SAN ANTONIO — The Maryland Terrapins are ruthless and relentless on offense and rolling once again into the Sweet 16.
Angel Reese scored 19 points, leading a wave of scoring off the bench, as No. 2 seed Maryland and its offensive juggernaut overwhelmed No. 7 Alabama 100-64 on Wednesday in the second round of the women’s NCAA Tournament.
“It showed the balance of our team and the depth that we have,” Terrapins coach Brenda Frese said.
And just how scary this bunch may look to the rest of the tournament field.
The Terrapins (27-2) came into the tournament with the nation’s highest-scoring offense and have yet to take their foot off the gas. The Terps are averaging 99 points in their two tournament wins after scoring 91.3 per game in the regular season.
Maryland hit the 100-point mark for the seventh time this season and got 46 points off the bench. The Terps were so dominant, season scoring leader Ashley Owusu didn’t make her first basket until the lead was already 46-23 in the second quarter. Five Maryland players scored in double figures.
“Obviously its fun when you’ve got your bench coming out and destroying,” said reserve Faith Masonius, who added 16 points. “That’s a championship team right there.”
The Terps also played aggressive, suffocating defense. Maryland harassed ballhandlers in the backcourt, smothered briefly open shooters and controlled the rebounding.
Jasmine Walker led Alabama (17-10) with 23 points. Jordan Lewis who had 32 points, and 11 rebounds and eight assists in Alabama’s first-round victory, had eight points, two rebounds and one assist against Maryland’s defensive pressure.
The Terps ran out to a 30-9 lead after the first quarter, shot 68% over the first half and scored in every possible way. Mimi Collins scored her team’s first nine points. Maryland made four consecutive 3-pointers and Alabama looked bewildered just trying to find the ball.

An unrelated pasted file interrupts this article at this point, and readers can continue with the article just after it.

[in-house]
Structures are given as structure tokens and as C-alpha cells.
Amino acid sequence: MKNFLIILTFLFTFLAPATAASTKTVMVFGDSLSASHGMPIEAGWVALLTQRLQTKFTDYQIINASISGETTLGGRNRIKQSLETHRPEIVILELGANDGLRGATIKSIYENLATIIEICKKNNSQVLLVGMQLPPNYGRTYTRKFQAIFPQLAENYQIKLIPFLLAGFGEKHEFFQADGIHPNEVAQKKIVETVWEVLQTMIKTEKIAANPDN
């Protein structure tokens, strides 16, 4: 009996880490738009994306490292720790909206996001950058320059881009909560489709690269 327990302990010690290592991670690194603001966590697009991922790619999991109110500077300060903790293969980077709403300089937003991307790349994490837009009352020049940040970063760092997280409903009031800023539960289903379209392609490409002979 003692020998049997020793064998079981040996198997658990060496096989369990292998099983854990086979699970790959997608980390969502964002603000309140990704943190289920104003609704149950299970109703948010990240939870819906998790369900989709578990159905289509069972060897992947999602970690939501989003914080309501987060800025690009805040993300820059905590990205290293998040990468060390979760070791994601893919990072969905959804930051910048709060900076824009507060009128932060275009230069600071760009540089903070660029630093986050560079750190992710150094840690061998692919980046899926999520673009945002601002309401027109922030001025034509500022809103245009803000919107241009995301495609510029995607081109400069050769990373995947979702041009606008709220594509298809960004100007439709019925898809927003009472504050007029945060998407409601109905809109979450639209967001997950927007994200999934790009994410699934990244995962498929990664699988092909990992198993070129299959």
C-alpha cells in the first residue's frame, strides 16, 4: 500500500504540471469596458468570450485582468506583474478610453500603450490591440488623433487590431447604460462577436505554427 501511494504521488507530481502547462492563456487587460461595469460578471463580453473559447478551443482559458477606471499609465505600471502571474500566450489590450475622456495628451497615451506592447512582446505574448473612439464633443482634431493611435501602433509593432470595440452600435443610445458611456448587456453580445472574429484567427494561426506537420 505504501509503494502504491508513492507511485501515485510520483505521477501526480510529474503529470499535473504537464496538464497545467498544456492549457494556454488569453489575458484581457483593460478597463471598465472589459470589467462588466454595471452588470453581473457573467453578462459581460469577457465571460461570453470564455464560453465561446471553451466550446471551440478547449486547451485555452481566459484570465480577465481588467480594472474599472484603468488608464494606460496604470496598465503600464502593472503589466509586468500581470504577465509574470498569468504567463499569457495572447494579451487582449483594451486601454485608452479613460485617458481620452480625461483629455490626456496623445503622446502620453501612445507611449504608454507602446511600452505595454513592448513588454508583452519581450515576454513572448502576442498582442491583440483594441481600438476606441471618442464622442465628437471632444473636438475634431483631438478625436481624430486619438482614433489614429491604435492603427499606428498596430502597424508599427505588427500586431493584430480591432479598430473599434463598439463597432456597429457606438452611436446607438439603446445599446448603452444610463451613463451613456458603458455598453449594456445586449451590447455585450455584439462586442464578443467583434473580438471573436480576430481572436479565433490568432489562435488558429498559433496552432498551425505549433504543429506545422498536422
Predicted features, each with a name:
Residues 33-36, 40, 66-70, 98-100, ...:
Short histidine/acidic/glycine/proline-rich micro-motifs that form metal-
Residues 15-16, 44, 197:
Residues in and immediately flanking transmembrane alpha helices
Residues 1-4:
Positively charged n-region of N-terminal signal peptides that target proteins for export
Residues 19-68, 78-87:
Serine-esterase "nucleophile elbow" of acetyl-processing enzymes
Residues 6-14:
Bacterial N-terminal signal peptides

“They are just really hard to guard. They are so good offensively and we just really didn’t have an answer,” Alabama coach Kristy Curry said.
By the second quarter, Maryland was pushing the ball inside for Reese, whose power moves and scoop layups in the post propelled a 24-point second quarter that built a 54-25 lead by halftime. Alabama paid for every mistake: Maryland turned 11 turnovers into 18 points in the first half.
Alabama finally showed some life to start the third quarter. Maryland missed its first two shots and consecutive 3-pointers from the Crimson Tide cut the lead to 22.
That was enough for Frese, who won a national championship in 2006. After Frese called timeout, the ball pressure and quick ball movement returned and a 7-0 run with a 3-pointer from Chloe Bibby had the lead back to 29 in a blur.
“Today was about emptying the tank,” Frese said. “We wanted to go hard, and play hard for 40 minutes.”
Maryland advances to play the winner of Wednesday night’s Hemisfair Region matchup between No. 3 UCLA and No. 6 Texas.
FLIPPING THE SCRIPT
Maryland and Alabama squads met in the second round of an NCAA Tournament for the second time in less than 48 hours, with an opposite result. The second-seeded Alabama men blew out the 10th-seeded Terps 96-77 in Indianapolis on Monday night.
Despite being overwhelmed, the Crimson Tide may be building something in Tuscaloosa. Alabama hadn’t been to the tournament since 1999. Curry has now taken three programs to the NCAAs, including Purdue and Texas Tech. She led the Boilermakers to the national title game in 2001. She may have some rebuilding to do, as the Tide started three seniors.
“We did stuff that people weren’t able to do in 20-plus years. My senior year we made history,” Walker said. “That’s what I’m most proud about.”